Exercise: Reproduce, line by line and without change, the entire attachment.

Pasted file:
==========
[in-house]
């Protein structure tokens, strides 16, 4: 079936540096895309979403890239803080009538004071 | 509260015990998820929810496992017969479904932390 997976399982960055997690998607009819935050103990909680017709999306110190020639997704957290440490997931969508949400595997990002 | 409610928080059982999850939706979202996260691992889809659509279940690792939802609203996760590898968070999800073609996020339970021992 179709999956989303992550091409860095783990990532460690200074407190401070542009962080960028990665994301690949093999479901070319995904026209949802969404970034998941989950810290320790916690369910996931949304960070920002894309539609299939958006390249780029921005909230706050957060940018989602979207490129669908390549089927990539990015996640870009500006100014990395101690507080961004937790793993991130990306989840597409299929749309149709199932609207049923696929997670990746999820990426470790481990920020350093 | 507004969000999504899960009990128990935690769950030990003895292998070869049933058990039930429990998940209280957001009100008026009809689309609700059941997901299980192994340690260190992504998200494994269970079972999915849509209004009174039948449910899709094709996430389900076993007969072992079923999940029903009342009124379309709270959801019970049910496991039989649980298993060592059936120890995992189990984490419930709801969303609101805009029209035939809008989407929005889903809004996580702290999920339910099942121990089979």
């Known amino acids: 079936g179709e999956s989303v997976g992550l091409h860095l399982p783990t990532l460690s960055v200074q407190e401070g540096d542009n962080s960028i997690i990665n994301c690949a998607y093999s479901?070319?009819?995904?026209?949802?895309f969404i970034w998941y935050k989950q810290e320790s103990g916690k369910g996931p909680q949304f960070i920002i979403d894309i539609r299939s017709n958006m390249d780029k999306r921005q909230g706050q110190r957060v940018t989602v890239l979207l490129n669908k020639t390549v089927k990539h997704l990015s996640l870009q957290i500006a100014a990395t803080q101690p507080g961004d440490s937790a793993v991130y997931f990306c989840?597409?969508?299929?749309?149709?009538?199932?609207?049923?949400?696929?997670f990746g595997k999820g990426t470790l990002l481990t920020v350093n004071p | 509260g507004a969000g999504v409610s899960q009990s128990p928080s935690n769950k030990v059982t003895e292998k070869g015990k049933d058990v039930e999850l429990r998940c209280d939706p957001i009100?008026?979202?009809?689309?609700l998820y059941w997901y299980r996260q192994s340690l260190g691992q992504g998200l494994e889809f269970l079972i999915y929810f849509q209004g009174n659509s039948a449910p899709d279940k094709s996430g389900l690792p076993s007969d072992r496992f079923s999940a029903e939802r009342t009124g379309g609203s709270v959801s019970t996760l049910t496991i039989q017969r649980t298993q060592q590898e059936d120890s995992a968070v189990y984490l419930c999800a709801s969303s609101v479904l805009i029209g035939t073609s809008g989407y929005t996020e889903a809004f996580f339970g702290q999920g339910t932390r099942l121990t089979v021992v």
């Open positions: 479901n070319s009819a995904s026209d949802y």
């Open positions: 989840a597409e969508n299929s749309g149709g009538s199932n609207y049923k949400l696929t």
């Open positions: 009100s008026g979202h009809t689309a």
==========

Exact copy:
[in-house]
């Protein structure tokens, strides 16, 4: 079936540096895309979403890239803080009538004071 | 509260015990998820929810496992017969479904932390 997976399982960055997690998607009819935050103990909680017709999306110190020639997704957290440490997931969508949400595997990002 | 409610928080059982999850939706979202996260691992889809659509279940690792939802609203996760590898968070999800073609996020339970021992 179709999956989303992550091409860095783990990532460690200074407190401070542009962080960028990665994301690949093999479901070319995904026209949802969404970034998941989950810290320790916690369910996931949304960070920002894309539609299939958006390249780029921005909230706050957060940018989602979207490129669908390549089927990539990015996640870009500006100014990395101690507080961004937790793993991130990306989840597409299929749309149709199932609207049923696929997670990746999820990426470790481990920020350093 | 507004969000999504899960009990128990935690769950030990003895292998070869049933058990039930429990998940209280957001009100008026009809689309609700059941997901299980192994340690260190992504998200494994269970079972999915849509209004009174039948449910899709094709996430389900076993007969072992079923999940029903009342009124379309709270959801019970049910496991039989649980298993060592059936120890995992189990984490419930709801969303609101805009029209035939809008989407929005889903809004996580702290999920339910099942121990089979």
């Known amino acids: 079936g179709e999956s989303v997976g992550l091409h860095l399982p783990t990532l460690s960055v200074q407190e401070g540096d542009n962080s960028i997690i990665n994301c690949a998607y093999s479901?070319?009819?995904?026209?949802?895309f969404i970034w998941y935050k989950q810290e320790s103990g916690k369910g996931p909680q949304f960070i920002i979403d894309i539609r299939s017709n958006m390249d780029k999306r921005q909230g706050q110190r957060v940018t989602v890239l979207l490129n669908k020639t390549v089927k990539h997704l990015s996640l870009q957290i500006a100014a990395t803080q101690p507080g961004d440490s937790a793993v991130y997931f990306c989840?597409?969508?299929?749309?149709?009538?199932?609207?049923?949400?696929?997670f990746g595997k999820g990426t470790l990002l481990t920020v350093n004071p | 509260g507004a969000g999504v409610s899960q009990s128990p928080s935690n769950k030990v059982t003895e292998k070869g015990k049933d058990v039930e999850l429990r998940c209280d939706p957001i009100?008026?979202?009809?689309?609700l998820y059941w997901y299980r996260q192994s340690l260190g691992q992504g998200l494994e889809f269970l079972i999915y929810f849509q209004g009174n659509s039948a449910p899709d279940k094709s996430g389900l690792p076993s007969d072992r496992f079923s999940a029903e939802r009342t009124g379309g609203s709270v959801s019970t996760l049910t496991i039989q017969r649980t298993q060592q590898e059936d120890s995992a968070v189990y984490l419930c999800a709801s969303s609101v479904l805009i029209g035939t073609s809008g989407y929005t996020e889903a809004f996580f339970g702290q999920g339910t932390r099942l121990t089979v021992v």
């Open positions: 479901n070319s009819a995904s026209d949802y």
């Open positions: 989840a597409e969508n299929s749309g149709g009538s199932n609207y049923k949400l696929t």
């Open positions: 009100s008026g979202h009809t689309a």